SAN FRANCISCO (ChurchMilitant.com) - Nancy Pelosi is being forced to retract her claim she recently attended an indoor Mass in San Francisco and participated in Holy Communion.
Pelosi made the revelation on Friday morning when a reporter asked her response to San Francisco archbishop Salvatore Cordileone's op-ed complaint that the city's health regulations governing Mass attendance were unfair.
"I have been to church in San Francisco recently, and I did receive Communion," Pelosi told an EWTN journalist.
Within a few hours, the story had fallen apart. Pelosi's spokesman had to walk back key aspects of the House speaker's remarks and had to "clarify" that Pelosi had not been in San Francisco since Sept. 5 because of COVID relief and appropriations negotiations.
"The speaker misspoke," Pelosi spokesman Drew Hammill told Catholic News Agency. "She has been participating regularly in church services virtually."
Hammill's terse retraction left many questions unanswered. The most obvious problem with Pelosi's statement is that indoor services have not been permitted in San Francisco since March, and yet she claimed to have attended one.
"With all due respect to my archbishop, I think we should follow science on this, and faith and science are sometimes counter to each other" — @ErikRosalesNews asked @SpeakerPelosi whether churches in San Francisco should be allowed to re-open if they adhere to safety precautions. pic.twitter.com/BgXr05fXd7— EWTN News Nightly (@EWTNNewsNightly) September 18, 2020
Pelosi's original statement also included a number of specific details. For example, she said she had to "sign up" to attend Mass, she described accepting the host in her hand and she said the priest washed his hands before distributing the Eucharist.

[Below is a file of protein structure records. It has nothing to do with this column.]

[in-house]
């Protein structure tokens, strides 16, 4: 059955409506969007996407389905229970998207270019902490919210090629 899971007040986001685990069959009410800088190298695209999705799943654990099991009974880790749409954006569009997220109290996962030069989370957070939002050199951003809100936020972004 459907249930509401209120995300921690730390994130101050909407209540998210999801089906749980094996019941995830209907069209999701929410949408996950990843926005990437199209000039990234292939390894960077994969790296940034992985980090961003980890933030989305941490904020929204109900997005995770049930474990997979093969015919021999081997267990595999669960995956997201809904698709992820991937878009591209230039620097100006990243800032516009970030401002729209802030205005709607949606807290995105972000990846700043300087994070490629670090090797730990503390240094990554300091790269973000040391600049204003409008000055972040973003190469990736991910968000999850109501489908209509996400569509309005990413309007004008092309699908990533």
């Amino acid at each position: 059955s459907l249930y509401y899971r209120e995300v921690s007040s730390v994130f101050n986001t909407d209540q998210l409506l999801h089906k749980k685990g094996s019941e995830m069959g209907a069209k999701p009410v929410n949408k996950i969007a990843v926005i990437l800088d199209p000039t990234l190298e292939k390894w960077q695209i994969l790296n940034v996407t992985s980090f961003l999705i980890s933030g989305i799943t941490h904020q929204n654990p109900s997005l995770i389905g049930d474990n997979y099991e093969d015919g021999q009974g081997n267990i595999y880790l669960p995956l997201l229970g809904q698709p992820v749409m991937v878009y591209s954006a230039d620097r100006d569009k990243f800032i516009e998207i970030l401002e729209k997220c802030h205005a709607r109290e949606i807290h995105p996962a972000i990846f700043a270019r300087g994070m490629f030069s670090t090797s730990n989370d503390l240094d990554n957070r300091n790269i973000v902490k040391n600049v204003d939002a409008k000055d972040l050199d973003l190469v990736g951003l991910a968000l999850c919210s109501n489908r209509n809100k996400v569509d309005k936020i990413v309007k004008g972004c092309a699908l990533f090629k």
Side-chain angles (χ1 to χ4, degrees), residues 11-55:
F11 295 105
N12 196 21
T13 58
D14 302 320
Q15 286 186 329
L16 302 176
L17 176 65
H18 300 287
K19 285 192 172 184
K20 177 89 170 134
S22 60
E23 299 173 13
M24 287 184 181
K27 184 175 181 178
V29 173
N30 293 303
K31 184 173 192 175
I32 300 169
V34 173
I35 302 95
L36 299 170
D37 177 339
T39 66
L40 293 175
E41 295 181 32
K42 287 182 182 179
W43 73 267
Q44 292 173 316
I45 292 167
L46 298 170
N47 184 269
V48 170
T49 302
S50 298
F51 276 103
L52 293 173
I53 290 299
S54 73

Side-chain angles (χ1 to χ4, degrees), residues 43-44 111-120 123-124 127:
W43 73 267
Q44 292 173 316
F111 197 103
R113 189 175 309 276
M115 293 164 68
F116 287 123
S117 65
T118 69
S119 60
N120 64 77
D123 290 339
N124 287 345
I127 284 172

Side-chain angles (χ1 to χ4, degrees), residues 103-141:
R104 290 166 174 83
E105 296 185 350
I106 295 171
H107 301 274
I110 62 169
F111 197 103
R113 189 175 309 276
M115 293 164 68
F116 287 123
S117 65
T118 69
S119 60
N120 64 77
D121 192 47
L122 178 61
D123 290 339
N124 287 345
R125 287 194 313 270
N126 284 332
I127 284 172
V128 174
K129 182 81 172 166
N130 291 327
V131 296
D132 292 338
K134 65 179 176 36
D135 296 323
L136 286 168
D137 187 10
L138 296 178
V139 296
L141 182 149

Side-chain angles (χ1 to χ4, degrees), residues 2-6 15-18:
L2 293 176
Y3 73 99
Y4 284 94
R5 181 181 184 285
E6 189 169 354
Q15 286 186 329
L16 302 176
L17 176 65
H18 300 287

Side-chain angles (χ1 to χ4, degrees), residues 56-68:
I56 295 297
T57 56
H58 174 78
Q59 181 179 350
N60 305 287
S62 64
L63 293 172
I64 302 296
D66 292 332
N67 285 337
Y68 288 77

The incident and her retraction are especially noteworthy in light of the speaker's illegal hair salon appointment in late August. Pelosi explained that report by saying she had been "set up."
In the morning press conference, Pelosi dismissed the archbishop's plea for fairness. She ignored the inequity issue he raised and fell back on the "science" argument.
"With all due respect to my archbishop, I think we should follow science on this," she said.
Cordileone, known for his orthodoxy, organized a Eucharistic procession past city hall on Sunday. More than 1,000 Catholics participated in the event that called on the city to reopen churches for indoor Mass.
The right to worship has been a point of contention across the state, but San Francisco has been particularly aggressive in its enforcement of Wuhan virus restrictions, reprimanding the archdiocese at least twice.
The San Francisco Chronicle reported on a couple who tried to have an indoor wedding for approximately 100 people at Sts. Peter and Paul Church. A representative from the city attorney's office arrived, sent most guests home but allowed some of the wedding party to remain for an outdoor ceremony.
According to the newspaper's reporting, "Both bride and groom, as well as multiple guests, later tested positive for the coronavirus."
Cordileone may well be losing patience. Within a week's time he has published his concerns in a national newspaper and organized a public protest. It is not clear what the next step would be for the archdiocese.
Beginning Oct. 1, San Francisco Mayor London Breed will be allowing indoor services up to a maximum of 25 people. This is unlikely to satisfy Cordileone, who has pointed out that the new regulations allow for less than 1% of the capacity of San Francisco's cathedral.